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If a person is suffering from an alcohol addiction, going through alcohol rehab is the best way for them to recover from their condition. However, many recovering addicts try to overcome their addictions alone rather than seeking out alcohol rehab. This is a mistake because the majority of alcoholics who try to go it alone fail to fully recover and end up relapsing.
Alcohol rehab is a form of addiction treatment and recovery that occurs in a residential treatment facility. In other words, the person suffering from an alcohol addiction takes up residence (or stays) in a treatment center full time while recovering from and receiving treatments for their addiction to alcohol. This allows a person to focus 100 percent of their time and energy on their addiction recovery as well as to help them avoid relapse while going through treatment as they will have absolutely no access to alcohol while in rehab.
Alcohol abuse and alcohol addiction (alcoholism) are two concepts that often get mixed up or confused. This is due to the fact that many people think the two are the same thing. However, alcohol abuse is actually a symptom or sign of alcoholism rather than alcoholism itself. In fact, a person may abuse alcohol without developing an addiction. This is not to diminish the potential effects of alcohol abuse on the mind and body as abuse, even without addiction, can be deadly.
Alcohol abuse is the repeated or habitual misuse of alcohol. This means the person may drink too much, drink at inappropriate times, or may drink to self-medicate for physical and mental illness or problems. Alcohol abuse is often seen in two specific forms, binge drinking and blackouts (or blackout drinking).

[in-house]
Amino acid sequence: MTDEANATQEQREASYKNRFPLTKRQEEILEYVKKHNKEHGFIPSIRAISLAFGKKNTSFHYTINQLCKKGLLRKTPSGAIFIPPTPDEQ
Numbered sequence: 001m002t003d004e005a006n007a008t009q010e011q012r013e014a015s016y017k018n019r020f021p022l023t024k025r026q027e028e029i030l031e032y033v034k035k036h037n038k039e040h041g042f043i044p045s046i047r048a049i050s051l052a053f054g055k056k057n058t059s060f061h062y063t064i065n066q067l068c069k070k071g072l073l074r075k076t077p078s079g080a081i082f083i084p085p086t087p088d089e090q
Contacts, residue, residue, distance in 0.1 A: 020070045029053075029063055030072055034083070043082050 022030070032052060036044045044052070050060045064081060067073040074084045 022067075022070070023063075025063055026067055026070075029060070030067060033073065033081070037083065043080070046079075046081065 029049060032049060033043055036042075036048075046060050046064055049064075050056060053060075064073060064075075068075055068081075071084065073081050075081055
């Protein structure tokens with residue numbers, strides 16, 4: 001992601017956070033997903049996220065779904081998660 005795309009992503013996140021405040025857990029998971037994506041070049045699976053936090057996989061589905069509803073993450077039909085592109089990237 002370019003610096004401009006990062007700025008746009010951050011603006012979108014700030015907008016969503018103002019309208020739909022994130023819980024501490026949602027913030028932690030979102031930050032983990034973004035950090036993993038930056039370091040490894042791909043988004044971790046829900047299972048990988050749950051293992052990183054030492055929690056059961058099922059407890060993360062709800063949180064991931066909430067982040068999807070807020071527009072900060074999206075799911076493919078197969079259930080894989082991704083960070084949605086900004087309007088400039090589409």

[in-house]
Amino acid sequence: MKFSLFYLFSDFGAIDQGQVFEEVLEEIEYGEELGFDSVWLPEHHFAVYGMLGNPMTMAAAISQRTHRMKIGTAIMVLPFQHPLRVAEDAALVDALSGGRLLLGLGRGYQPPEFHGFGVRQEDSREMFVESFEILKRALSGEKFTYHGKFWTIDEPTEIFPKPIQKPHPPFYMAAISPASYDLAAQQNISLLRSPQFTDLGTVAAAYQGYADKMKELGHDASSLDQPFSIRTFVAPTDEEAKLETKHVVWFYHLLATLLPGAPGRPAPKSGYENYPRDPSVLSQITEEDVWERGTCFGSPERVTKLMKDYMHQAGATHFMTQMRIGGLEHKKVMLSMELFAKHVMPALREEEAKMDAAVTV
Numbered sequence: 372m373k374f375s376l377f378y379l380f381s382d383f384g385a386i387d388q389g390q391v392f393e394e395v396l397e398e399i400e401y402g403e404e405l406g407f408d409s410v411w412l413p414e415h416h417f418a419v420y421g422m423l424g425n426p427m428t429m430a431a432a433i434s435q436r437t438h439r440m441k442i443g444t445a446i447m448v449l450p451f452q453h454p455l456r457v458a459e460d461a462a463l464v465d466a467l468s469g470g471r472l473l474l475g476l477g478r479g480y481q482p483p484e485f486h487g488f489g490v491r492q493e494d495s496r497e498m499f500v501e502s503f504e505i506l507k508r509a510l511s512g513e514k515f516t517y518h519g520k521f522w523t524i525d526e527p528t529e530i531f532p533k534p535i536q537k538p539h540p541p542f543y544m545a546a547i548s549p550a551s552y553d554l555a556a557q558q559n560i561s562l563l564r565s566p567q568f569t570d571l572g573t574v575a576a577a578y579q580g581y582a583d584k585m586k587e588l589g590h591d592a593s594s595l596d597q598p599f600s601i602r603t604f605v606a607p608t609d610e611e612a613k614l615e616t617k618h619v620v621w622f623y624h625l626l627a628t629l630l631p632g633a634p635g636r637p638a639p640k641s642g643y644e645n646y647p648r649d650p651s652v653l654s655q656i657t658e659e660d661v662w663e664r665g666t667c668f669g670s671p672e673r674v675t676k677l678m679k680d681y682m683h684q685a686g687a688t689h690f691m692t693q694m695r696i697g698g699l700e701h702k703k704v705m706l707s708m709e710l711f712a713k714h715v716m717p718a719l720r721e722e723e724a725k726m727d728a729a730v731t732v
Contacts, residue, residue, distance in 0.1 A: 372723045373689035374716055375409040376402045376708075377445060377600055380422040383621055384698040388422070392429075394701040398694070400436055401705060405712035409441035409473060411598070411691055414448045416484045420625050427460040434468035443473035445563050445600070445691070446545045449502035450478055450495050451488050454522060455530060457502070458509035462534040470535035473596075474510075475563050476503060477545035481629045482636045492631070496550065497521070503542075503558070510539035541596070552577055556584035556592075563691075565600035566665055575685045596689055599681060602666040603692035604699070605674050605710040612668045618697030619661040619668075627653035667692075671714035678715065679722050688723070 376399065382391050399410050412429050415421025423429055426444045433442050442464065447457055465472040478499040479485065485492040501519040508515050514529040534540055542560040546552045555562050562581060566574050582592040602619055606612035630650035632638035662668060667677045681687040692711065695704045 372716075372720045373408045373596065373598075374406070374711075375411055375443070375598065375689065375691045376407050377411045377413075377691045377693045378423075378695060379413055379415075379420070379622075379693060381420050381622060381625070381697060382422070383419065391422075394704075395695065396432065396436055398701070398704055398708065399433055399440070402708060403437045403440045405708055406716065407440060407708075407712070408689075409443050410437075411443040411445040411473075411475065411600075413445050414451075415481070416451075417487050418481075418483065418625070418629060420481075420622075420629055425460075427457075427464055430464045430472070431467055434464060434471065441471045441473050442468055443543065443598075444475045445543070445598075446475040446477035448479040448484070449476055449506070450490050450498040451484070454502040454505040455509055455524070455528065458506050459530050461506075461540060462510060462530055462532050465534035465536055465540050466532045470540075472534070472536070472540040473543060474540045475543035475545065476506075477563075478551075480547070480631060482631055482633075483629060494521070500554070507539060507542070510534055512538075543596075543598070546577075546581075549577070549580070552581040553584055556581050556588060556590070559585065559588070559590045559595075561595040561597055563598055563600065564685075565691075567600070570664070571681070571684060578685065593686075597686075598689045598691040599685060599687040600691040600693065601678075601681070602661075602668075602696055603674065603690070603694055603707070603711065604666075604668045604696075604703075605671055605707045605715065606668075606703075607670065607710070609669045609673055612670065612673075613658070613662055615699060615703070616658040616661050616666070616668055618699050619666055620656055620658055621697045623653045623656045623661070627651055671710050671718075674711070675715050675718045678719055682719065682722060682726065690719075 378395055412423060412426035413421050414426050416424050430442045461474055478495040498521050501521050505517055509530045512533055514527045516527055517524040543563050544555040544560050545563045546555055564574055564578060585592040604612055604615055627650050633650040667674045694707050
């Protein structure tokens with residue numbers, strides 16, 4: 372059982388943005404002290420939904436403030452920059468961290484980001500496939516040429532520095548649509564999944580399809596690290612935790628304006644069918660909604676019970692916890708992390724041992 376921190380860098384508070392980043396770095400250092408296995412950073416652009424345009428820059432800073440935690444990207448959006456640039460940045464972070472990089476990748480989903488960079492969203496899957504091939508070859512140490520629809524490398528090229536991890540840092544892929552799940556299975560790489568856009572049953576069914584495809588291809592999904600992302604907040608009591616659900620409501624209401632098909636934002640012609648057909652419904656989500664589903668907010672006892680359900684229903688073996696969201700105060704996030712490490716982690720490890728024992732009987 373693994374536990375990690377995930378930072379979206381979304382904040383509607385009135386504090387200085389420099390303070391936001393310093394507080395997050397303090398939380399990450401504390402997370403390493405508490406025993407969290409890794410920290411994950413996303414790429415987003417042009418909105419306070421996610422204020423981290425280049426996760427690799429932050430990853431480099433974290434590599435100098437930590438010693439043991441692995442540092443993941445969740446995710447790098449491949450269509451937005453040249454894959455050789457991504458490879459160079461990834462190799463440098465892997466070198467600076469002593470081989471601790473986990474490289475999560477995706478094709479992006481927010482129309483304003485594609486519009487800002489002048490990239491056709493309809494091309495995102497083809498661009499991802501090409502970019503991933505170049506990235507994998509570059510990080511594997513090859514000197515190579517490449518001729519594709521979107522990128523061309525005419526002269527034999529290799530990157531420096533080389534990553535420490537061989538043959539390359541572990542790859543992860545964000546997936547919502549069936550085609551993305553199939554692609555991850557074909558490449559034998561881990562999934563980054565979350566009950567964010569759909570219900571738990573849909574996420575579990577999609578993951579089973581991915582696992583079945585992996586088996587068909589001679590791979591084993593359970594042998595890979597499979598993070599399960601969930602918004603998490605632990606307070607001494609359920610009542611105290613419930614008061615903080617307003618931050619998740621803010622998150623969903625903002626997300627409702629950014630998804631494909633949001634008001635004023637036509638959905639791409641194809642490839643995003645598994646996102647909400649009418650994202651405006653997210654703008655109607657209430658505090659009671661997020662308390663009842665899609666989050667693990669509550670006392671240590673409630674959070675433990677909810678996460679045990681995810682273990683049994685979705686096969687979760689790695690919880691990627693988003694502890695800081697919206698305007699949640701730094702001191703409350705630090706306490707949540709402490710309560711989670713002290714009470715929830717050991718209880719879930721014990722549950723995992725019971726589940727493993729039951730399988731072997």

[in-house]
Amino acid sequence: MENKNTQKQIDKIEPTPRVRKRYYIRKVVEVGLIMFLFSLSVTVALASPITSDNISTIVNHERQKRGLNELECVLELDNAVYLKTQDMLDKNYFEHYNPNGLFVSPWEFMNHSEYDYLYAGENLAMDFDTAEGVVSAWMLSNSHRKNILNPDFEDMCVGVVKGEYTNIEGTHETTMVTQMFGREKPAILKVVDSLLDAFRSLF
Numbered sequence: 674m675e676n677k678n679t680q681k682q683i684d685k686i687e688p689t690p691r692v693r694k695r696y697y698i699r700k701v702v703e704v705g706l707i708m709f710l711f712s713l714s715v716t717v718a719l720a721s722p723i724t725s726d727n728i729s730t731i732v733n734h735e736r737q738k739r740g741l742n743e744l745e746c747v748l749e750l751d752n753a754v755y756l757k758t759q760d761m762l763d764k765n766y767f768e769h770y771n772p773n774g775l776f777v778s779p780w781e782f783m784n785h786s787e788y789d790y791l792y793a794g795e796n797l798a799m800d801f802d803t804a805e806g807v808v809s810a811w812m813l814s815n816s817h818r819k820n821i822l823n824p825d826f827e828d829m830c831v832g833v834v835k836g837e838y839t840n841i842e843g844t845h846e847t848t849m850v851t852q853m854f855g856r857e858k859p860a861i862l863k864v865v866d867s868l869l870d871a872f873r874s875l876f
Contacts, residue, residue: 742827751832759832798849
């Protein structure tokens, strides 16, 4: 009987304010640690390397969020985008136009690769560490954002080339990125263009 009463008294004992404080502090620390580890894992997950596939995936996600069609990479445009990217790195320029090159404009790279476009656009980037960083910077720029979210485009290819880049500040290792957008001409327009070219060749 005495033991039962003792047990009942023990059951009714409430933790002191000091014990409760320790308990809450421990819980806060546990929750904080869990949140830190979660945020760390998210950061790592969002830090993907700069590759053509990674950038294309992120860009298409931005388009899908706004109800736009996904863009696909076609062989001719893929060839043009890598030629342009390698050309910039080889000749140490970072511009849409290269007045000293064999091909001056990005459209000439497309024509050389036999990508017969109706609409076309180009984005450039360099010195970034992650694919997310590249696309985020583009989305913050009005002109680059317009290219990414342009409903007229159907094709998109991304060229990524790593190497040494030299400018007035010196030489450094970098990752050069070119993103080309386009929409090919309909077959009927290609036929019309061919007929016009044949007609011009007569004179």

Binge drinking is a form of alcohol abuse in which a person consumes a large quantity of alcohol in a short period of time. For the average person, this amount will be between three and four alcoholic beverages within one to two hours maximum. However, the amount may be slightly more or less depending on gender, physical size, and genetics. Binge drinking is most commonly seen in young adults between the ages of 19 and 34 as well as in older adults over the age of 55.
Blackouts from drinking are not a loss of consciousness. The term blackout actually refers to the loss of short-term memory, a condition known as anterograde amnesia. This means that a person's blood alcohol level gets so high that the alcohol interferes with their brain's ability to convert current experiences to memories. This means that until the amount of alcohol in the person's body drops back down to a certain level, everything the person experiences will be a blank when they try to recall them in the future.
Alcohol abuse transitions to alcohol addiction when a person develops a physical addiction to alcohol. When alcohol gets into the bloodstream, it sends signals to the brain telling it to perform some actions and block or stop others. With frequent and continued alcohol abuse, the brain begins to only perform the instructed actions when alcohol tells it to. When this happens and the brain comes to rely on alcohol to perform certain necessary functions, the alcohol abuse has become an addiction.
Alcohol rehab is a useful form of treatment because it addresses both the physical and mental addiction to alcohol while keeping the recovering addict focused on their treatment full time and without the potential for relapse. This is accomplished starting with medical detox to break the physical addiction, and then moving on to the mental addiction with therapy (individual and group) as well as other treatments including restorative yoga and art therapy among others.